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Unit information: Literature in 2019/20

Please note: It is possible that the information shown for future academic years may change due to developments in the relevant academic field. Optional unit availability varies depending on both staffing and student choice.

Unit name Literature
Unit code CLAS10038
Credit points 20
Level of study C/4
Teaching block(s) Teaching Block 1 (weeks 1 - 12)
Unit director Dr. Emma Cole
Open unit status Not open




School/department Department of Classics & Ancient History
Faculty Faculty of Arts


This unit offers an introduction to studying literature from the ancient world. Students will be introduced to a range of poetic and prose genres, from archaic Greece through to first century BC Rome. They will engage with a range of literary theories to help them develop skills in thinking and writing about literary texts. We will consider, for example, how to analyse formal narrative structure, characterisation, poetic identity, intertextuality, historical and political context, and literary landscape. The course will also provide formal research skills training relevant to study at this level, and incudes a library training session with the subject librarian. As such, it helps with the transition from school to university, and gives students a broad knowledge regarding how to engage with, and construct scholarly arguments about, ancient literature.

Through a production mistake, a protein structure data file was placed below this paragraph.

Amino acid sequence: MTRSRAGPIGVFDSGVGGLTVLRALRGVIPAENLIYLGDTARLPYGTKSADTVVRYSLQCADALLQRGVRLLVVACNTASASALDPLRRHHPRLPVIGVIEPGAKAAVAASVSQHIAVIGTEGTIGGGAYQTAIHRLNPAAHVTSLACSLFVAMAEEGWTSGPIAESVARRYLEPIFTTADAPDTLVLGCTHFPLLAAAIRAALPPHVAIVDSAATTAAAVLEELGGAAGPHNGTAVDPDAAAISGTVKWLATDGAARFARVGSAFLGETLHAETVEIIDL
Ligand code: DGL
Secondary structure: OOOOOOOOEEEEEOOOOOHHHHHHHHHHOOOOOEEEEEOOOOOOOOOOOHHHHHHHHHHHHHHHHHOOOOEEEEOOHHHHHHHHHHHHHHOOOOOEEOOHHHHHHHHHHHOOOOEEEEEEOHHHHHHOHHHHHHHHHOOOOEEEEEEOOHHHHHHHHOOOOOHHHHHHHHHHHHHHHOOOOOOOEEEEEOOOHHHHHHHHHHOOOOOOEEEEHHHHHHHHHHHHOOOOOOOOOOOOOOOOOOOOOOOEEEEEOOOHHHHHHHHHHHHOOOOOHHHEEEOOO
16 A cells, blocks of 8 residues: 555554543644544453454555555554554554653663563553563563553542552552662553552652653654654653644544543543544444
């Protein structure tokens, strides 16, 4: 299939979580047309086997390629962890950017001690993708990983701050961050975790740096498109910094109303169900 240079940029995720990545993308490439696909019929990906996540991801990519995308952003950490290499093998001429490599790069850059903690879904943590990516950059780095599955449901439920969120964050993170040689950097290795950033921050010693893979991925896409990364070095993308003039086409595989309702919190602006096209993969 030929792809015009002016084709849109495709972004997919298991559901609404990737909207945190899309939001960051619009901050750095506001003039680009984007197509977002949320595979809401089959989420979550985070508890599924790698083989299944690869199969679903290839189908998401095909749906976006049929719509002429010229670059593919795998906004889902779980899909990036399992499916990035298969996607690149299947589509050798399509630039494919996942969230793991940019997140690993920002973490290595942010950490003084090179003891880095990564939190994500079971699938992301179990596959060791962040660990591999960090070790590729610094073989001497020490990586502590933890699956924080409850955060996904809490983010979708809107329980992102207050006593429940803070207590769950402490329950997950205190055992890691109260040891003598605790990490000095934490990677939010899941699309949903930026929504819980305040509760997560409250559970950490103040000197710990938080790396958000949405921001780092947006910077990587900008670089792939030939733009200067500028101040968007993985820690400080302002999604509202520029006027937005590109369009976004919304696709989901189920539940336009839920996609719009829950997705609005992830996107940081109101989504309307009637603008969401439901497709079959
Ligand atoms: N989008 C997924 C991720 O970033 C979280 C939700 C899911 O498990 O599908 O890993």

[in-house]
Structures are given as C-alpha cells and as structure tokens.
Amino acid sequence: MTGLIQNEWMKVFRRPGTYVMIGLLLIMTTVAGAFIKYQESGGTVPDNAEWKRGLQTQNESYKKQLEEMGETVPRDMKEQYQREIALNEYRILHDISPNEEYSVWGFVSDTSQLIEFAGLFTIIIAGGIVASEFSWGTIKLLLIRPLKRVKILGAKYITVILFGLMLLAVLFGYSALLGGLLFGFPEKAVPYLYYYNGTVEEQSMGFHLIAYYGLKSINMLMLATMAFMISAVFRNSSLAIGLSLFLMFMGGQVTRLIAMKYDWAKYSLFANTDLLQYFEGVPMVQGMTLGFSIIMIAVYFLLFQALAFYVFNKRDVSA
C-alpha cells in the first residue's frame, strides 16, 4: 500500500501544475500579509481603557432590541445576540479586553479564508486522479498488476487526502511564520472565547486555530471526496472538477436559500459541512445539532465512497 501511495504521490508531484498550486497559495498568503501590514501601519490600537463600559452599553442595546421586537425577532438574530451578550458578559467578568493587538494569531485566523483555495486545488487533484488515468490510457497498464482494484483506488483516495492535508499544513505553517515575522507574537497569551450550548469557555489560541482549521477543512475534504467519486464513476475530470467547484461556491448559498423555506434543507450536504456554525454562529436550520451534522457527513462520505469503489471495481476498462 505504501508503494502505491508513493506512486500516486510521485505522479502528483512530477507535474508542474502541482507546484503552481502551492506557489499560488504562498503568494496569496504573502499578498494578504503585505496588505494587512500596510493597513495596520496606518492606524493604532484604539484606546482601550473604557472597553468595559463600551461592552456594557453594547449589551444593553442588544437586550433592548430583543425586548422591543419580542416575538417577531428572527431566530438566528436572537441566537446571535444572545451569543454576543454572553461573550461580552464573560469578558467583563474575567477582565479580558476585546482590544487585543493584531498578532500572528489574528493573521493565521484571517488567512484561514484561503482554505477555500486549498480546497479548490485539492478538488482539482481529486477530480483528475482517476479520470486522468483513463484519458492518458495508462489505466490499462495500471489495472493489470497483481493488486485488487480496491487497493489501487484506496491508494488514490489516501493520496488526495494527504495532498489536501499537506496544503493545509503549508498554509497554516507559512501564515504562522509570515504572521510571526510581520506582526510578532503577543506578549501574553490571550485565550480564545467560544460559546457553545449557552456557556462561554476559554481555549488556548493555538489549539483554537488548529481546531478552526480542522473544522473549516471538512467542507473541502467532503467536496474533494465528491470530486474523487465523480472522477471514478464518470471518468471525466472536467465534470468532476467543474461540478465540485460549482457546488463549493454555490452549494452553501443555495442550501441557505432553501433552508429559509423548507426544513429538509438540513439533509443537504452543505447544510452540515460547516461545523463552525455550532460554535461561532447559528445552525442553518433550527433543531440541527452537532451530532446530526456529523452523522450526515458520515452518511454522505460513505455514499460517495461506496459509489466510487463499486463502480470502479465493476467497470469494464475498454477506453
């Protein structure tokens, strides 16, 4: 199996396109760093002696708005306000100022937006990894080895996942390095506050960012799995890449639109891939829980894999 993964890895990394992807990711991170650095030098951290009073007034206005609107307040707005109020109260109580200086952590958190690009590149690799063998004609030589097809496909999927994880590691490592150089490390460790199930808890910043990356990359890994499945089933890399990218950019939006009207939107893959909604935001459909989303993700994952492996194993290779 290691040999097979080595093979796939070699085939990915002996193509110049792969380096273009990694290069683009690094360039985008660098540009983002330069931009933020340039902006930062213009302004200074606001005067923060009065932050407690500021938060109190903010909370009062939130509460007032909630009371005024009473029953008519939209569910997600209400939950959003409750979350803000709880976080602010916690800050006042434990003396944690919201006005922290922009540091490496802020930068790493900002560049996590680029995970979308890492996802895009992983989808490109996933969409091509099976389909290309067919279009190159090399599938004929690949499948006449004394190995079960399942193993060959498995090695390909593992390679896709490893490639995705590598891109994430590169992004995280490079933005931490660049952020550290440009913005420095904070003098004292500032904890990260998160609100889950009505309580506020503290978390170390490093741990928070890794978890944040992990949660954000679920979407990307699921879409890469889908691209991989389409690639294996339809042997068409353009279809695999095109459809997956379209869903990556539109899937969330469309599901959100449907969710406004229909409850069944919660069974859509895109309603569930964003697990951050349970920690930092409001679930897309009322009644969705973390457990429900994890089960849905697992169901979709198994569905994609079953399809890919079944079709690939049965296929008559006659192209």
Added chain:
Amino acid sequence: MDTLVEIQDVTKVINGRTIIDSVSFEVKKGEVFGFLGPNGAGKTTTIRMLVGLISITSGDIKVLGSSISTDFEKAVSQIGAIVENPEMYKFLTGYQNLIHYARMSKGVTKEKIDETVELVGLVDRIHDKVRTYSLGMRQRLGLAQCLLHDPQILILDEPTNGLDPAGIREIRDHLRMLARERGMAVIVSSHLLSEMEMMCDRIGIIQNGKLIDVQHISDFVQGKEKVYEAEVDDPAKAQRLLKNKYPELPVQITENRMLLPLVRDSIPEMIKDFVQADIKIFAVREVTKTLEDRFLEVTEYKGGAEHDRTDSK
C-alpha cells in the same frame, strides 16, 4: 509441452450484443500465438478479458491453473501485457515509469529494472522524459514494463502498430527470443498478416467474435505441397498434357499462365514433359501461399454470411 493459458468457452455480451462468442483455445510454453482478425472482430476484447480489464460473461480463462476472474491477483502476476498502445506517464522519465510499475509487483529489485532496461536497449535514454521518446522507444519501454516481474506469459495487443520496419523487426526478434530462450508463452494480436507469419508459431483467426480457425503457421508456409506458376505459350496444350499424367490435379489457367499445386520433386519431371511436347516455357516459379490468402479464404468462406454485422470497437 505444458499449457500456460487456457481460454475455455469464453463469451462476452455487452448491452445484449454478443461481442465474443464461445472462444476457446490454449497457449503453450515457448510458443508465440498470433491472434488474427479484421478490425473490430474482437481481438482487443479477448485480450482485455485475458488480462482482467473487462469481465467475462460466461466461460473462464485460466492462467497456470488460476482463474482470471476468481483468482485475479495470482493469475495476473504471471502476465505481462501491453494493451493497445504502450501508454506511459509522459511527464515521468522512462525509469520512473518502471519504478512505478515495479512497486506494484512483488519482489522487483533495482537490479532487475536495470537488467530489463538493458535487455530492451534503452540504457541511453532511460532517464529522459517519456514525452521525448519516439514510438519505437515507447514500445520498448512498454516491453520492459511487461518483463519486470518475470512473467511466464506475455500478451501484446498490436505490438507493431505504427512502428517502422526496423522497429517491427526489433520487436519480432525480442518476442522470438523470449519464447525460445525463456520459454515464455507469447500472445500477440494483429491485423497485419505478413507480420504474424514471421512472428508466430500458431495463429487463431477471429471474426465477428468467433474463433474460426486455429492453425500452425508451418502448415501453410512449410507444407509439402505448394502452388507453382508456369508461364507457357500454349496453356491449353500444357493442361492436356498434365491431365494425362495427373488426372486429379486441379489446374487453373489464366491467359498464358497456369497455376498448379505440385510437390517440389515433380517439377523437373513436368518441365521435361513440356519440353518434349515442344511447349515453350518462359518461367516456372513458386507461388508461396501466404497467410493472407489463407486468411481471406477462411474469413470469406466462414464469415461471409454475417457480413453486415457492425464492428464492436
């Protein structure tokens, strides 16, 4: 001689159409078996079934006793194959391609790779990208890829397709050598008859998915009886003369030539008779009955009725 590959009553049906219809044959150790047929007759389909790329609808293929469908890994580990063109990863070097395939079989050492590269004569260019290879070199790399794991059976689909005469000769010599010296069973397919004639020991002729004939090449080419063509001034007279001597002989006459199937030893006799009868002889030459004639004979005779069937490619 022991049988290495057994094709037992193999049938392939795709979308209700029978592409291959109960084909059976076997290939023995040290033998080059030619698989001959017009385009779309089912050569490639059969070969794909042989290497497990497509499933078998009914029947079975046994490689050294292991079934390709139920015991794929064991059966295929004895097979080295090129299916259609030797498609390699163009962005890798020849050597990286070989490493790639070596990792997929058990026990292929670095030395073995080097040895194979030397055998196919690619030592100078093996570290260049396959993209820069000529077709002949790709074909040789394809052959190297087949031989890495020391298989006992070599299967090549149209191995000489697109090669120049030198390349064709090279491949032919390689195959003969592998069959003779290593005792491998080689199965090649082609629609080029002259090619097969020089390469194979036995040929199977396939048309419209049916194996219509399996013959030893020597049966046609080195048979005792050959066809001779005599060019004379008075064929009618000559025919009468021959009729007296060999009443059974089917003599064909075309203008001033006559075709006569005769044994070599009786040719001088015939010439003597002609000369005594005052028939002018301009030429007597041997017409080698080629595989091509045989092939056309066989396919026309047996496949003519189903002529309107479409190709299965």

• To introduce students to ancient prose and poetry
  • To introduce students to key theories and methodologies for analysing ancient literature
  • To introduce students to the practice of learning independently
  • To equip students with core academic skills, including: effectively using the library; utilising and evaluating secondary literature; correctly referencing sources and formatting a bibliography; constructing a scholarly argument.

Intended learning outcomes

On successful completion of this unit students will be able to demonstrate:

  1. confident skills in reading ancient sources;
  2. competence in the essential techniques for reading, thinking about, and writing about literary texts;
  3. knowledge and understanding of some of the major ideas and themes relevant to reading ancient literary texts;
  4. skills in accessing relevant and appropriate study materials from the library and other resources;
  5. an ability to construct coherent arguments orally and in writing and to present them in appropriate academic formats, including skills in the compilation of bibliographies, referencing and footnoting.

Teaching details

3hrs/wk seminars and interactive lectures

Assessment Details

20-minute presentation (40%) and 2500-word essay (60%)

Reading and References

  • Andrew Bennett & Nicholas Royal. 2009 An Introduction to Literature, Criticism and Theory. Fourth Edition. Longman.
  • Set texts: to be supplied in the unit handbook. Authors will include: Homer, Pindar, Sappho, Theocritus, Vergil, and Horace.